Severe travel restrictions were imposed by the Indian government on Sikhs holding U.S. passports and who needed to go “home” for personal reasons, People, especially men, found that they could not obtain visas to attend a parent’s funeral, be with an ailing mother or father, or attend a son or daughter’s wedding. No explanation from the Indian consulate was ever tendered. Many Sikh ladies had to press on to India alone to settle: family affairs in Punjab. They were not immune to government harassment, however; the aged mother of a Los Angeles physician had her luggage searched at the Dlehi airport, and when the search yielded a few pamphlets published by an American Sikh organization, she was detained and spent a night in jail. As the Indian government continued to demonstrate its total lack of devotion to the spirit of true democracy, so the Sikh community in California and across the U.S. and Canada continued to believe that, at least, politics and religion are not separable after all, and that only in ‘their own sovereign state, Khalistan, could Sikhs be truly free. Older Sikhs who had suffered through the horrors of partition in 1947 shuddered to think of history repeating itself. Sikh who had condemned the Muslims for breaking away from Mother India in 1947 now found they disparaging Master Tara Singh and S. Baldev Singh and other leaders of that time for not pressing for a Sikh homeland when the time had been right. Bumper stickers in the parking lots of the gurdwaras in Fremont and El Sobrante ran heavily (and still do) to slogans such as “I love Sikh Homeland!” “Khalistan—our only choice” “Khalistan Zindabad” and others in similar vein. Inside the gurdwaras, particularly in Fremont, the names of the assassins Satwant Singh and Beant Singh are lettered in equal prominence on the walls with the original Panj Piaras. Sant Bhindrawale’s portrait in homes and gurdwaras all over is often larger and more imposingly displayed than those of Guru Nanak or even Guru Gobind Singh. While relations with the Hindu community definitely show predictable strains, overtures are made to the Muslim community. A Sikh Muslim Friendship Society is formed to appreciate points of common culture and history. Few, if any, Sikhs are seen marching in the recent NO AWACS FOR PAKISTAN rallies in California or the East Coast —instead “SUPPORT AWACS FOR PAKISTAN?” appears openly in some advertisements in World Sikh News. Sikh dancers no longer bound and leap to the rhythms of the Bhangra at Republic Day cultural programs, and one wonders if social gatherings will ever be free of certain undercurrents of strain which are inevitably felt.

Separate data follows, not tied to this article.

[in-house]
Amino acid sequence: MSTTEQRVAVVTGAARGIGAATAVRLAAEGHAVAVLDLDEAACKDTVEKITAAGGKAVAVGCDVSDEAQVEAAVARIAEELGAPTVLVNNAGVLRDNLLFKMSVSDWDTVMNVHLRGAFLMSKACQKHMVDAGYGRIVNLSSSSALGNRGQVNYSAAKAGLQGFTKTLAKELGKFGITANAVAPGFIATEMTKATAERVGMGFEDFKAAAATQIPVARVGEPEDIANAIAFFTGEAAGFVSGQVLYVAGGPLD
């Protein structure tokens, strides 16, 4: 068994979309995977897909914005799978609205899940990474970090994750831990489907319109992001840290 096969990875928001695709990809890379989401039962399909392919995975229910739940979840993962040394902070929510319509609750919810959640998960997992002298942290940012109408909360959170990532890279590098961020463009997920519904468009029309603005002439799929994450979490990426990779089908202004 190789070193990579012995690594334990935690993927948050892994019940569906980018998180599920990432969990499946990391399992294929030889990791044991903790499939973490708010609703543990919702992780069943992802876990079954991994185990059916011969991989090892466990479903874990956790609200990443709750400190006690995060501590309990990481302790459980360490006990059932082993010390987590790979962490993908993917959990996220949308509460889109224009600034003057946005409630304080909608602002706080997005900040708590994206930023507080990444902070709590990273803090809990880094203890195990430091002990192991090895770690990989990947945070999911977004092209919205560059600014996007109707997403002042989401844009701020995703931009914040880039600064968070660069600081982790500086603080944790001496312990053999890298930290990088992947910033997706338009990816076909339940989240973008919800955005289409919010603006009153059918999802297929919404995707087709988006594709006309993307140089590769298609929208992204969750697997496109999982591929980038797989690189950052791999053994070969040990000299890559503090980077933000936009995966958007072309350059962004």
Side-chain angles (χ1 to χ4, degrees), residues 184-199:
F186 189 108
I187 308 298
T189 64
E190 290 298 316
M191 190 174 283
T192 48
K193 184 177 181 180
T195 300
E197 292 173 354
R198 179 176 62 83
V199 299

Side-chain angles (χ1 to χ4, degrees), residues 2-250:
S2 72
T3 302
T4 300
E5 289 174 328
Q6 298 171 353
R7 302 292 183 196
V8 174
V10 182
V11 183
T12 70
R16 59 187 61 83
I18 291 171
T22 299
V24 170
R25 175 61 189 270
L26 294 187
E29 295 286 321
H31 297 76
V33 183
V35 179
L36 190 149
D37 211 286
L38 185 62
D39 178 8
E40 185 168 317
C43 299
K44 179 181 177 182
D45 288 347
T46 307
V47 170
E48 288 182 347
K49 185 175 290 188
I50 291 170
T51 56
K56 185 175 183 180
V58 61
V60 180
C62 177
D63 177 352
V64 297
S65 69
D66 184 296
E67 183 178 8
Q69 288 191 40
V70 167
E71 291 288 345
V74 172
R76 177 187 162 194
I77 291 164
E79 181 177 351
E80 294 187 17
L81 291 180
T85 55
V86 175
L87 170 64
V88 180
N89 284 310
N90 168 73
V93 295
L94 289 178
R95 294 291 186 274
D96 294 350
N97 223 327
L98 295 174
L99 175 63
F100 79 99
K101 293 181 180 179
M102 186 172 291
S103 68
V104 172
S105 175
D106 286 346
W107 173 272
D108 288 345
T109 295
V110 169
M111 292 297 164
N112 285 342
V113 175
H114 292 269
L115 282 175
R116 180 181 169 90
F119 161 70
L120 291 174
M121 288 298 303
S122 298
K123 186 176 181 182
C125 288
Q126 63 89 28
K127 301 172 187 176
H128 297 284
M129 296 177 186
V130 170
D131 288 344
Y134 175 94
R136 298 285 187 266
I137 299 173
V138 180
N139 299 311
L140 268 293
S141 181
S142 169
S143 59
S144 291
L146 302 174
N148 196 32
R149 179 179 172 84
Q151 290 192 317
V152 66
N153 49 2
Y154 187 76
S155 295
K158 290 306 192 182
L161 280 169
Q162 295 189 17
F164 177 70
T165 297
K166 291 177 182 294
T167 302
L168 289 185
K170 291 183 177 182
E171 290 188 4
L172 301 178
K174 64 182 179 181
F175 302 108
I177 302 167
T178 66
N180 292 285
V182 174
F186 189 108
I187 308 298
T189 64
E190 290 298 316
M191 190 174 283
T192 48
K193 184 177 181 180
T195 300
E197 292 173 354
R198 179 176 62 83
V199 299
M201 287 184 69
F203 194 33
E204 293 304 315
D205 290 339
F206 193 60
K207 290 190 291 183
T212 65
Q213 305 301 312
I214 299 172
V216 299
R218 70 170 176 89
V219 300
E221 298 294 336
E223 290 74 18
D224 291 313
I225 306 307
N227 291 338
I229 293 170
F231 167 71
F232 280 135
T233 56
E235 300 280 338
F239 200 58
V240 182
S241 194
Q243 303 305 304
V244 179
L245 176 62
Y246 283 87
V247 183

These times of crisis for the Sikhs demand unity, a strong organization and the articulation of clear goals. This is a challenge for the Sikhs here in California, a challenge that they cannot afford to fail. Three years after Operation Bluestar, Sikhs must look objectively at themselves. Are Sikhs capable of unity after all? Or, are they determined to be perennially bogged down in ego exercises, Jats opoed to non Jats, Youth against old-timers? Can the Sikhs support a strong organization and see it through, regardless of which leader may come and go? The checkered history of WSO has some hard lessons for Sikhs if they are listening. Finally, do the Sikhs have clear goals? If so, why has so little progress been made after three years of trauma in the Punjab?